French Minister Tells Muslims To Speak Properly

French Minister Tells Muslims to Speak Properly

Reuters, December 15, 2009

Paris (Reuters) — A junior French minister has told young Muslims living in France they should dress properly, find a job and stop speaking slang.

Opposition politicians from the left denounced the comments by the minister for families, Nadine Morano, as racist.

The highly outspoken Morano, who is a member of President Nicolas Sarkozy's inner circle, made the remarks on Monday evening in a small town in eastern France during a government-inspired debate on national identity.

'We are not putting young Muslims on trial. I respect their situation. What I want is for them to feel French because they are French,' she said in a recording played on French radio.

'I want them to love France when they live here, to find work and not to speak in slang,' she said, adding: 'They shouldn't put their caps on back to front.'

The comments tapped into stereotypical perceptions of youths from tough suburbs on the fringes of France's big cities, many of whom are from an immigrant background.

However, back-to-front caps, baggy trousers and a distinctive form of slang known as 'verlan,' once associated with those suburbs, have long since spread to high schools around the country and to youths of all backgrounds.

Anti-racism groups and Socialist politicians accused Morano of stoking racial tensions and said the government should abandon its series of highly controversial national identity debates before they provoked a violent backlash.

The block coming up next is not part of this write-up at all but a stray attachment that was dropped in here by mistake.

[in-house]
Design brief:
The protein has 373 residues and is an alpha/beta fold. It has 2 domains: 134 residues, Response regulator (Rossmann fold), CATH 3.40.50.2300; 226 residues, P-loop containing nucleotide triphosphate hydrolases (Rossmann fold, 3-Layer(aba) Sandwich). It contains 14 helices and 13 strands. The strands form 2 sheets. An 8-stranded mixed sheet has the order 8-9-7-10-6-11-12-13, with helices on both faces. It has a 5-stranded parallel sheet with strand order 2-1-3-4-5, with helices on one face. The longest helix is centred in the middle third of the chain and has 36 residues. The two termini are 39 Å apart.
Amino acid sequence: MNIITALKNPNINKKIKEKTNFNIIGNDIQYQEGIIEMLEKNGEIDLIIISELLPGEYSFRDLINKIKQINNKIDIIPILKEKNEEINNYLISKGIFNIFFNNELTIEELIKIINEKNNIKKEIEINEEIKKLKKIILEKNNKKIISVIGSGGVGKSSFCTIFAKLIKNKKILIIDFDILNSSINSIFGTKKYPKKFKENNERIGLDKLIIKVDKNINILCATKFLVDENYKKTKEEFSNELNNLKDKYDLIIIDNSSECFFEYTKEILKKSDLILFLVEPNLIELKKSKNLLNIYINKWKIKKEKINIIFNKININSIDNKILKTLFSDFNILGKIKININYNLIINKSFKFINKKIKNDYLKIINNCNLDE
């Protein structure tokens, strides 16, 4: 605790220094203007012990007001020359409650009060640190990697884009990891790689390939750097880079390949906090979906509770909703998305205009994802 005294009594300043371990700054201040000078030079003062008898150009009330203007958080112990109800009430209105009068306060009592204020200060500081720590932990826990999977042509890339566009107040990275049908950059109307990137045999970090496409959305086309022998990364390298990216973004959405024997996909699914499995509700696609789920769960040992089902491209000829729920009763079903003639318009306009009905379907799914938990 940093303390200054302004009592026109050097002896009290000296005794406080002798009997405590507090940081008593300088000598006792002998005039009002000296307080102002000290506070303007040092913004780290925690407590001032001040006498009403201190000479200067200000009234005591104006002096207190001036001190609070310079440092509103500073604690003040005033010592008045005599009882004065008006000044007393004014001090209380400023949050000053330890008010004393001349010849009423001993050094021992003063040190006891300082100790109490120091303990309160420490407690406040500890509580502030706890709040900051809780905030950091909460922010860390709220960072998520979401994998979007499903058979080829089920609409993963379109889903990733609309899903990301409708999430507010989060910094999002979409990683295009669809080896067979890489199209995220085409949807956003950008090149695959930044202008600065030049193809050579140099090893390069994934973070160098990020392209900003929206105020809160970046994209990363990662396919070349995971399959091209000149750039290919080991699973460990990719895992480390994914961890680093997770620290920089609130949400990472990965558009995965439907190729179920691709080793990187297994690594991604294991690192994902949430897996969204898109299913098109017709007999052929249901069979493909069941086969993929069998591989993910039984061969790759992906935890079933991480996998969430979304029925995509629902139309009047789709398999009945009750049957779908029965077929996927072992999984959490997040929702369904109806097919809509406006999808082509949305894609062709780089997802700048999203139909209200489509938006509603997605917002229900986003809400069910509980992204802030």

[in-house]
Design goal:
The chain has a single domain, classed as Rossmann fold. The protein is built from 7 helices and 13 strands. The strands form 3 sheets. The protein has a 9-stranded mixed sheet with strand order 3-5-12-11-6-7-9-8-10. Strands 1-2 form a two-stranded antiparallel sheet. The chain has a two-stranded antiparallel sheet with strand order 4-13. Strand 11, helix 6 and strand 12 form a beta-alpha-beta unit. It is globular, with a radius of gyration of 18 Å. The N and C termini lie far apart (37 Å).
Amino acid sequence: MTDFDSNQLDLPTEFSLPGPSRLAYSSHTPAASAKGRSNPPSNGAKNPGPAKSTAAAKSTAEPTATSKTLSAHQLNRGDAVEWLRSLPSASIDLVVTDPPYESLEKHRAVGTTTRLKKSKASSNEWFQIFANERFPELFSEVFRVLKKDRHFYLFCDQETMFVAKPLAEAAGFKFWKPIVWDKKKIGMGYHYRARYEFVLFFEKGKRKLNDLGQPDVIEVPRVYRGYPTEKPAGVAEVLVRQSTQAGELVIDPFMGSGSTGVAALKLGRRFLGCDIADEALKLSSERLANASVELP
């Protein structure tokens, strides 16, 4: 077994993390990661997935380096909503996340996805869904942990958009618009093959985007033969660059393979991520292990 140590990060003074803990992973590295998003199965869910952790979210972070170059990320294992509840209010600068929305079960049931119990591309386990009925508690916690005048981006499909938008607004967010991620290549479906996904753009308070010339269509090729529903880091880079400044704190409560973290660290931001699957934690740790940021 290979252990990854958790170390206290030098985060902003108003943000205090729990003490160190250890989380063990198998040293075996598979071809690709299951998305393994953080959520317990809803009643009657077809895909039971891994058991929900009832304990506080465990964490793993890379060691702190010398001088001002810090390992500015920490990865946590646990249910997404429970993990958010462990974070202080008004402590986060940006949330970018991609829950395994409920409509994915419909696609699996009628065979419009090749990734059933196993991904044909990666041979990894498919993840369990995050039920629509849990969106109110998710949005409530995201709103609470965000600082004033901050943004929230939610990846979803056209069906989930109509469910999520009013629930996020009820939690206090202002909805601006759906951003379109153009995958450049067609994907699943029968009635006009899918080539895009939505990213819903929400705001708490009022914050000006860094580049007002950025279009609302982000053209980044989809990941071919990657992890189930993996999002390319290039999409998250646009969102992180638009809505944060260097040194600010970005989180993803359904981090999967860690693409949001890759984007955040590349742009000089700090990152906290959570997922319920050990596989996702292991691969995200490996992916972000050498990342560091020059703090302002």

'This is a political operation designed to pit French people against each another and to create a war of culture and identity,' said Socialist parliamentarian Arnaud Montebourg.

The human rights group SOS Racisme urged Prime Minister Francois Fillon to intervene and bring his cabinet to order.

Morano's office said the minister's words had been taken out of context.

Some five million Muslims live in France, the largest such community in Europe. Many of them are immigrants from former French colonies in North and West Africa.

Sarkozy's government has tightly linked the issues of immigration and integration and launched the national identity debate last month, playing on a theme that had served Sarkozy well during his successful 2007 election campaign.

Critics say the countrywide discussions will simply open a Pandora's box of prejudice and extremism.